‘Museum of Capitalism’ gives reactionary, multi-faceted response to U.S. economics

The traveling “Museum of Capitalism” exhibit currently on display at the Tufts School of the Museum of Fine Arts (SMFA) describes itself as “an institution dedicated to educating present and future generations about the history, philosophy, and legacy of capitalism through exhibitions, research, and publication.” In reality, it is a thorough and biting critique of capitalism through art installations as well as representations of capitalism displayed like relics.

To argue against the entire system of capitalism is controversial, in part because so many alternatives (feudalism, or communist governments in Russia and China) have resulted in brutal regimes in the past. But that does not mean we must accept the status quo, and this exhibit argues that if we really do believe in the American dream, we should not accept it. As the exhibit progresses, we see that many contemporary problems that arose from capitalism are not controversial at all; in fact, they are self-evident. Those in power — be it economic, societal, political or any combination thereof — do not voluntarily relinquish power. And why should they, when they benefit from the system they control? The problem, the museum points out, is that the capitalist system consolidates wealth and power in the hands of the few, while many continue to suffer. The Museum of Capitalism is a tribute to the casualties of the system.

Lining the outside of the exhibit (which is divided into two gallery spaces) is a series of plaques describing different forms and subdivisions of capitalism, like Neo-Liberal Capitalism, State Capitalism and Philanthro-Capitalism. This provides a useful background into what capitalism is and how it manifests in history, and is the least subjective commentary on capitalism in the whole exhibit. But right inside those walls is a micro-study of capitalism’s consequences in our society. These range from the obvious, like relics from the housing crisis and mass bailout of the banks in 2008 and plastic embedded into rocks from Hawaii. Others are insidious, like the Mattel’s depiction of a Barbie dream house as a glorification of capital and the post-war nuclear household. And others are outright and interactive in the museum, like the wry commemorative coin machine that will take your $1.01 and return a stamped penny with anti-capitalist slogans on it. Users can turn a crank that dispenses a penny every 4 seconds, in time with the Massachusetts minimum wage of $11 per hour of labor.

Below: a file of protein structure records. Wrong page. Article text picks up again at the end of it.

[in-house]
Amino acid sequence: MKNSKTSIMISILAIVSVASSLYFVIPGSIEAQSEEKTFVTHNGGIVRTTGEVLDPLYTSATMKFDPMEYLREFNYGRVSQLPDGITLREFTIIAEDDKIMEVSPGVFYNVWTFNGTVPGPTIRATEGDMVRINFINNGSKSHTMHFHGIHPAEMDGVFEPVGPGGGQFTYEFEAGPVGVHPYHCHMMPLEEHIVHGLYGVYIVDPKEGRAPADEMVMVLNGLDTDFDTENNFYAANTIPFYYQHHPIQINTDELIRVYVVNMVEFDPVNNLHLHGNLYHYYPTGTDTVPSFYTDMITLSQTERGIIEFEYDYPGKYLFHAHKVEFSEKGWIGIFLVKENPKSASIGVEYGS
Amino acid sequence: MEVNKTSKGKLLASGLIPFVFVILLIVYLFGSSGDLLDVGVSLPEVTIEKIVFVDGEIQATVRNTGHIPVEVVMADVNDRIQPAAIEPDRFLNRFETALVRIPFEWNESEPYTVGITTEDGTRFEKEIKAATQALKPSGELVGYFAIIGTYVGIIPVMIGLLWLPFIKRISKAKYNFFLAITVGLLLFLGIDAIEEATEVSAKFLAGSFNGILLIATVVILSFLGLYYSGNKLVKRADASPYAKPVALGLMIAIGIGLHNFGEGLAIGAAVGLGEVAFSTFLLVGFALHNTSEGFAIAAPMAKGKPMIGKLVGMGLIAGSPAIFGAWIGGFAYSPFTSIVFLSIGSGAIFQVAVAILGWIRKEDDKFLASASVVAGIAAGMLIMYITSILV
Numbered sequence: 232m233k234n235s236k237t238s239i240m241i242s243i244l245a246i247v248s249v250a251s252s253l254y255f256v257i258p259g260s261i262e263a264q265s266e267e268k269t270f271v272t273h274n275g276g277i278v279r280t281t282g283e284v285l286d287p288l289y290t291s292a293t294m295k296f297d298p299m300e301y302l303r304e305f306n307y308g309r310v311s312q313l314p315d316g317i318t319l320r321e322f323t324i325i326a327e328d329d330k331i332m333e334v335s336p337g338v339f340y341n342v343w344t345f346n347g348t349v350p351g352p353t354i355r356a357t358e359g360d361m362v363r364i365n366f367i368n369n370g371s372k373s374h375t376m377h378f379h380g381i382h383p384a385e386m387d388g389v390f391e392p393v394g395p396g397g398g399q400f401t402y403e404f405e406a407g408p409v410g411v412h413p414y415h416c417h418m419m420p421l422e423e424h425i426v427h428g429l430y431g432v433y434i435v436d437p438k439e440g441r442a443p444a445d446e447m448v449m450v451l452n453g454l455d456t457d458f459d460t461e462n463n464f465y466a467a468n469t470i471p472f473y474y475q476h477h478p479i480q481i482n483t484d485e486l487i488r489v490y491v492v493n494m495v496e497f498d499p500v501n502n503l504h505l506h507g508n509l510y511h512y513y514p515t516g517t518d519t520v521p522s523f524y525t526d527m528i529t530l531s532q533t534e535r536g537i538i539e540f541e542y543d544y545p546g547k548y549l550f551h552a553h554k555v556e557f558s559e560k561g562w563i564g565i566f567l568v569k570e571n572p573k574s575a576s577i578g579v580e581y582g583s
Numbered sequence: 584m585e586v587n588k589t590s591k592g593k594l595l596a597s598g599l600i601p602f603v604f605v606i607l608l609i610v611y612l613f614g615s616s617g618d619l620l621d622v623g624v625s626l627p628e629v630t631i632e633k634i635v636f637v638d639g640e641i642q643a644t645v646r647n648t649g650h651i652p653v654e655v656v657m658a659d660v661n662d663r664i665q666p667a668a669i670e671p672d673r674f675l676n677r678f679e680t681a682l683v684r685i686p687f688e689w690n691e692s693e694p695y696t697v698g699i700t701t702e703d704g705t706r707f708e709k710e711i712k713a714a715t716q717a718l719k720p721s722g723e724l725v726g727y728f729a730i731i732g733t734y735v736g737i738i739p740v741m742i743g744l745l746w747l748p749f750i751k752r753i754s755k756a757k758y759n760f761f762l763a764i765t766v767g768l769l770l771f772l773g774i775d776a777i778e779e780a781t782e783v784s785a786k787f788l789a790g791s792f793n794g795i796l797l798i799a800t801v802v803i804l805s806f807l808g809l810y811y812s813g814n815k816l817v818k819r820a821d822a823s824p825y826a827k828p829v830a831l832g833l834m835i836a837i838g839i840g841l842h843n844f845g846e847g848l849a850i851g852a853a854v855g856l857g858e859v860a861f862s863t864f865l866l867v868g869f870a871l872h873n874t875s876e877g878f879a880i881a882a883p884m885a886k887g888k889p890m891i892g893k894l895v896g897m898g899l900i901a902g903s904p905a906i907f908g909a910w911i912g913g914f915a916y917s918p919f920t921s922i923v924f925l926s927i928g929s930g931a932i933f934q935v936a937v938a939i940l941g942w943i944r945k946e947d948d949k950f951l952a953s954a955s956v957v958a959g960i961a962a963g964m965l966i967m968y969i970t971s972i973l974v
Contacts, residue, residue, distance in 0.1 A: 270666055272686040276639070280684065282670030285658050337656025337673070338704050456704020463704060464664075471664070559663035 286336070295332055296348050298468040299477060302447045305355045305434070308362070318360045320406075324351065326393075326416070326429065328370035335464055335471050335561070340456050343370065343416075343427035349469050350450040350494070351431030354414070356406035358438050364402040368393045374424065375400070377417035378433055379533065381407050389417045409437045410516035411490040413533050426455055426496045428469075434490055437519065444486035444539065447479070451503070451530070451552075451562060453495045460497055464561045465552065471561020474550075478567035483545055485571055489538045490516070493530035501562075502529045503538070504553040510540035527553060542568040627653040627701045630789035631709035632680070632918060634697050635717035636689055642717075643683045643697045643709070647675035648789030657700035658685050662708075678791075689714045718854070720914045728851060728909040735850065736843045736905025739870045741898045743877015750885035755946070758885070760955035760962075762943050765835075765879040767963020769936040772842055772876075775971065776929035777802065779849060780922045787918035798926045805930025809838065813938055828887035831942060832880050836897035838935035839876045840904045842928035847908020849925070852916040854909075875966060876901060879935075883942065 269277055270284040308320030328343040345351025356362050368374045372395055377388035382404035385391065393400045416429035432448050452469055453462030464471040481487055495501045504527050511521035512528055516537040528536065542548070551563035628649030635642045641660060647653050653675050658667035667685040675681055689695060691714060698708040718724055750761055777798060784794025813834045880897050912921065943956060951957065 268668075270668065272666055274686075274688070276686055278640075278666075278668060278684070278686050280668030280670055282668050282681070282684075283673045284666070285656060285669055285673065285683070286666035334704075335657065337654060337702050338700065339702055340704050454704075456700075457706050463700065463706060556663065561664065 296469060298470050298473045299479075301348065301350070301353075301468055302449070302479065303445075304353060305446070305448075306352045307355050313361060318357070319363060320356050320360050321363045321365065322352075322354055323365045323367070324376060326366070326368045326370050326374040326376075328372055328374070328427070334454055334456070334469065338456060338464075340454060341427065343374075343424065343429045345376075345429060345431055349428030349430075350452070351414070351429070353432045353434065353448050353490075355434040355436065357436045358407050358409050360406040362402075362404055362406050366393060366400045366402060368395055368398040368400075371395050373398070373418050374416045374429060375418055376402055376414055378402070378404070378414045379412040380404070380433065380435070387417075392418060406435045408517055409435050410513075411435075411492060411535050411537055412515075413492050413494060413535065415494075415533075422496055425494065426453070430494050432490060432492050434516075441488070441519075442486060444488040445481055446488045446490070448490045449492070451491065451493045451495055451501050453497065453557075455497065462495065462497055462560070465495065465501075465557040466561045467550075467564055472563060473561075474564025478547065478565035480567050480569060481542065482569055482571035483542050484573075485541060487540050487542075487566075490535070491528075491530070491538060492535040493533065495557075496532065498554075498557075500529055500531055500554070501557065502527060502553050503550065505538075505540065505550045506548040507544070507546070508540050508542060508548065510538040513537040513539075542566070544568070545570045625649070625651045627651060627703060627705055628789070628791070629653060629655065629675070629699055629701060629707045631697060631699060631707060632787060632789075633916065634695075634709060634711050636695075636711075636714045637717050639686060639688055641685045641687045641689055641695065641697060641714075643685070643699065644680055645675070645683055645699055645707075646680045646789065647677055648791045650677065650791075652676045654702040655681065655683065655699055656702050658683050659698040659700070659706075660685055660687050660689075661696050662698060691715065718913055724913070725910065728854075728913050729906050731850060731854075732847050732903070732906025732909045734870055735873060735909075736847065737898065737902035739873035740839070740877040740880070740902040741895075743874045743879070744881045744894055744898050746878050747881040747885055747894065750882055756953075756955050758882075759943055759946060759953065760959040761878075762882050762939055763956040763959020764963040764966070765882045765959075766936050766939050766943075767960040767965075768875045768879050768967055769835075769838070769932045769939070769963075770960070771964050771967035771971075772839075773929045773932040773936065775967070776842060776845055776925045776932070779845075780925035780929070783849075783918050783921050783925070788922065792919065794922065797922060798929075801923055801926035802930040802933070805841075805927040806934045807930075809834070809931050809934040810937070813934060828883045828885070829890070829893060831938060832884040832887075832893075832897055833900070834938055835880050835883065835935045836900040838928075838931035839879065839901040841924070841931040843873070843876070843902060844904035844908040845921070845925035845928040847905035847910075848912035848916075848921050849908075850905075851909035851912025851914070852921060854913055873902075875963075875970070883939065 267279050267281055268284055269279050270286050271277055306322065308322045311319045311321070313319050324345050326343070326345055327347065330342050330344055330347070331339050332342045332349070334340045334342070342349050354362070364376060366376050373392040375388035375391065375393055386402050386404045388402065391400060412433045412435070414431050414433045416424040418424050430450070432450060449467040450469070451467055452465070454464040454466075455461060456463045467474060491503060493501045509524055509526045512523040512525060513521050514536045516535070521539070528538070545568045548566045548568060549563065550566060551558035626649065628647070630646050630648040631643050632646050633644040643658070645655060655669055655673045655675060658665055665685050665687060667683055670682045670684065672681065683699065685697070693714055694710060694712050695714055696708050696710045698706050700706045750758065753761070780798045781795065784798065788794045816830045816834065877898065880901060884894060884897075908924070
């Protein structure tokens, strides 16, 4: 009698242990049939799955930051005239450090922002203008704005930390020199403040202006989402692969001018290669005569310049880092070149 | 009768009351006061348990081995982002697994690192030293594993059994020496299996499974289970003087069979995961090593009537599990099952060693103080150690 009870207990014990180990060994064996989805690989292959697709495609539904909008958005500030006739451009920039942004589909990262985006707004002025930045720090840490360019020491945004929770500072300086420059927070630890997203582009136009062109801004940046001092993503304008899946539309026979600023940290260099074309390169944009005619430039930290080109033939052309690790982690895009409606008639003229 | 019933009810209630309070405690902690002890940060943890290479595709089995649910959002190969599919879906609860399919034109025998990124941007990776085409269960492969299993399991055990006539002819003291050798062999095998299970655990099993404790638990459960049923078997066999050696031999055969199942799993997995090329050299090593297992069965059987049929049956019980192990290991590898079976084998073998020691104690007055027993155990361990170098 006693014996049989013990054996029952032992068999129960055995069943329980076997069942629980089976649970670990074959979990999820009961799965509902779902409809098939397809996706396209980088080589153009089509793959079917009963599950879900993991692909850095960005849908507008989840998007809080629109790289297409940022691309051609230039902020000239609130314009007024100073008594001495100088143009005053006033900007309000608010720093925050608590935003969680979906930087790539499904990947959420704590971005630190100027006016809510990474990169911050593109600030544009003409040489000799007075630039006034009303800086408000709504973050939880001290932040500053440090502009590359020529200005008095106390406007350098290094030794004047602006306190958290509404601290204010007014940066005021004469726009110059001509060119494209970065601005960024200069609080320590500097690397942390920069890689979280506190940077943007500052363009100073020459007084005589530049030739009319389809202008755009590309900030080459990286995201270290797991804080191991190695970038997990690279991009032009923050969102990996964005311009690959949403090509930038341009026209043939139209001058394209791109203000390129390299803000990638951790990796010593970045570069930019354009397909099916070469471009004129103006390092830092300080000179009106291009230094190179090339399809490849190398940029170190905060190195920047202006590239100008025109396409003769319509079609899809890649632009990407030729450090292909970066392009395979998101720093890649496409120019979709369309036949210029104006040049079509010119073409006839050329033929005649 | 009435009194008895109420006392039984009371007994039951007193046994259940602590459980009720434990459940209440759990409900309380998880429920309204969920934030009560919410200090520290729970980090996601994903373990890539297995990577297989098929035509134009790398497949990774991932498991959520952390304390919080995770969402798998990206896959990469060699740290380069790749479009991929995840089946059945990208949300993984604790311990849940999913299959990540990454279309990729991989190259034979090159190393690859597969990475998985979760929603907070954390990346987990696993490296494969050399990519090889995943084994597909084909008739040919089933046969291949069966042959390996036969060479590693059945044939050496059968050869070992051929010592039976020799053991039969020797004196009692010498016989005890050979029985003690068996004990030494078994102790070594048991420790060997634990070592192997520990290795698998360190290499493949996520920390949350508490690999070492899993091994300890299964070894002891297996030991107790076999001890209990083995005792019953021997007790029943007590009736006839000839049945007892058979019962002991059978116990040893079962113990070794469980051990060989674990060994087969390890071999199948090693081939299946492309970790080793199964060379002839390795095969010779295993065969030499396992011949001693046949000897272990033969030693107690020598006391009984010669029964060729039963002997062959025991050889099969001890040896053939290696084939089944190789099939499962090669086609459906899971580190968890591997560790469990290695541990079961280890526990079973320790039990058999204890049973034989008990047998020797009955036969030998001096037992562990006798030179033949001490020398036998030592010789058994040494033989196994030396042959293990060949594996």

Some of the exhibit pieces are unsubtle to a fault. A piece titled “Core Samples” attempts to show the future fossils of today, depicted as iPhones, batteries and other pieces of technology preserved in resin. Although beautifully constructed, attacking smartphones as a representation of our current detachment from reality under modern capitalism is such a tired point it almost reads as parody. “Library of Tears” depicts oil, gasoline and other ecologically damaging fuels as filled glass teardrops, which comes across as an overeager grasp for an emotional response. And closest to the exhibit entrance, the American flag made out of police alert lights speaks more to America and our identity as a police state than capitalism itself: a tenuous and unclear association for the majority of people who have not investigated capitalism and its alternatives in depth.

But it also highlights many overlooked facets of capitalism’s effects, particularly on American culture. One of the most significant is a wall of commentary and photographs of the Poor People’s Campaign and March on Washington in 1968organized by Martin Luther King Jr. (whom many forget had a staunch disapproval of capitalism). Another is a binder filled with congratulation letters after an IBM employee’s retirement, which illuminates the transformation of workplace culture into a false sense of “family,” and a paradoxical glorification of hard work and eventual freedom from its necessity.

The Museum of Capitalism is at its most moving and effective when it delves into personal narratives. One section of the video series “We Build Excitement” depicts laid-off auto factory workers miming the physical work they used to do day to day. Another video portrays the fascinating and brilliant perspective of an incarcerated woman who, in an almost literary irony, is paid only 65 cents an hour to sew American flags in the prison sweatshop. She undoes her own work and tears the flag apart stripe by stripe, declaring, “This flag does represent that people can change and everyone deserves a second change … [but] this is what happens to the lives of the have-nots in America. They get shredded. I know because I was one.”

The Museum of Capitalism is on view at the SMFA August 29–October 25, in the Grossman Gallery. Admission is free and open to the public.

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